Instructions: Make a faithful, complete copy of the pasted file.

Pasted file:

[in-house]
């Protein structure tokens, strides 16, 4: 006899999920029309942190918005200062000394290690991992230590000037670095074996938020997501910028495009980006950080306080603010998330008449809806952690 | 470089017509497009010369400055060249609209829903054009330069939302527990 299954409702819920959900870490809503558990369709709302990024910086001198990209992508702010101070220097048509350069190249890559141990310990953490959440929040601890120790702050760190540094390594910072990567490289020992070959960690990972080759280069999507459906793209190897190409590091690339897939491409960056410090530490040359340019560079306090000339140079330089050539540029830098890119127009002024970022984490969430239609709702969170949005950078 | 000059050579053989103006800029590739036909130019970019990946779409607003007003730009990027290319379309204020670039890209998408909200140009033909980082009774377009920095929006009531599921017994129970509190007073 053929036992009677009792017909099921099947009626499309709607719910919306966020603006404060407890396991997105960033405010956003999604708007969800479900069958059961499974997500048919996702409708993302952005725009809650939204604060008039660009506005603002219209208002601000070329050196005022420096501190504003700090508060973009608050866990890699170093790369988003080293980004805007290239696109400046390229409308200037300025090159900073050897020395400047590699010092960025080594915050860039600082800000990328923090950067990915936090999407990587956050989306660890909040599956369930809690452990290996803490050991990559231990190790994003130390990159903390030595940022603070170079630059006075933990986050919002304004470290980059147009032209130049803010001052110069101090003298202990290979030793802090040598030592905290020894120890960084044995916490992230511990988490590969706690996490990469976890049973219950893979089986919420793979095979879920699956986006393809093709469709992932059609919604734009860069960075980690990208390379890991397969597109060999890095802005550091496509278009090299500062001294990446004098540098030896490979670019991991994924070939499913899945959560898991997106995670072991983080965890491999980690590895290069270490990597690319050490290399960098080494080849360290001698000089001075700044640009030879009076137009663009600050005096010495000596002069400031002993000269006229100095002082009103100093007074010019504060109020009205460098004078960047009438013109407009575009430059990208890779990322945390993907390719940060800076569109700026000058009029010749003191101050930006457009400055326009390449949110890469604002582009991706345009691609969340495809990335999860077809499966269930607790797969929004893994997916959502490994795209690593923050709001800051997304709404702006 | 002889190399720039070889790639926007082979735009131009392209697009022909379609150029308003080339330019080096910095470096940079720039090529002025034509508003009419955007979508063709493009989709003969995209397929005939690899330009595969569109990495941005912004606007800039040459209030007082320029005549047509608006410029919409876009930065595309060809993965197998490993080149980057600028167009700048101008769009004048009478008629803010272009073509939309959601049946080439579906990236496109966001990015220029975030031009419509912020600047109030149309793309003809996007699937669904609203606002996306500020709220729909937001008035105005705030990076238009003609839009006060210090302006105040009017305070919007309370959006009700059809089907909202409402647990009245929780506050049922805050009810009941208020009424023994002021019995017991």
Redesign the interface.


[in-house]
């Protein structure tokens, strides 16, 4: 006899999920029309942190918005200062000394290690991992230590000037670095074996938020997501910028495009980006950080306080603010998330008449809806952690 | 470089017509497009010369400055060249609209829903054009330069939302527990 299954409702819920959900870490809503558990369709709302990024910086001198990209992508702010101070220097048509350069190249890559141990310990953490959440929040601890120790702050760190540094390594910072990567490289020992070959960690990972080759280069999507459906793209190897190409590091690339897939491409960056410090530490040359340019560079306090000339140079330089050539540029830098890119127009002024970022984490969430239609709702969170949005950078 | 000059050579053989103006800029590739036909130019970019990946779409607003007003730009990027290319379309204020670039890209998408909200140009033909980082009774377009920095929006009531599921017994129970509190007073 053929036992009677009792017909099921099947009626499309709607719910919306966020603006404060407890396991997105960033405010956003999604708007969800479900069958059961499974997500048919996702409708993302952005725009809650939204604060008039660009506005603002219209208002601000070329050196005022420096501190504003700090508060973009608050866990890699170093790369988003080293980004805007290239696109400046390229409308200037300025090159900073050897020395400047590699010092960025080594915050860039600082800000990328923090950067990915936090999407990587956050989306660890909040599956369930809690452990290996803490050991990559231990190790994003130390990159903390030595940022603070170079630059006075933990986050919002304004470290980059147009032209130049803010001052110069101090003298202990290979030793802090040598030592905290020894120890960084044995916490992230511990988490590969706690996490990469976890049973219950893979089986919420793979095979879920699956986006393809093709469709992932059609919604734009860069960075980690990208390379890991397969597109060999890095802005550091496509278009090299500062001294990446004098540098030896490979670019991991994924070939499913899945959560898991997106995670072991983080965890491999980690590895290069270490990597690319050490290399960098080494080849360290001698000089001075700044640009030879009076137009663009600050005096010495000596002069400031002993000269006229100095002082009103100093007074010019504060109020009205460098004078960047009438013109407009575009430059990208890779990322945390993907390719940060800076569109700026000058009029010749003191101050930006457009400055326009390449949110890469604002582009991706345009691609969340495809990335999860077809499966269930607790797969929004893994997916959502490994795209690593923050709001800051997304709404702006 | 002889190399720039070889790639926007082979735009131009392209697009022909379609150029308003080339330019080096910095470096940079720039090529002025034509508003009419955007979508063709493009989709003969995209397929005939690899330009595969569109990495941005912004606007800039040459209030007082320029005549047509608006410029919409876009930065595309060809993965197998490993080149980057600028167009700048101008769009004048009478008629803010272009073509939309959601049946080439579906990236496109966001990015220029975030031009419509912020600047109030149309793309003809996007699937669904609203606002996306500020709220729909937001008035105005705030990076238009003609839009006060210090302006105040009017305070919007309370959006009700059809089907909202409402647990009245929780506050049922805050009810009941208020009424023994002021019995017991």
Redesign the interface.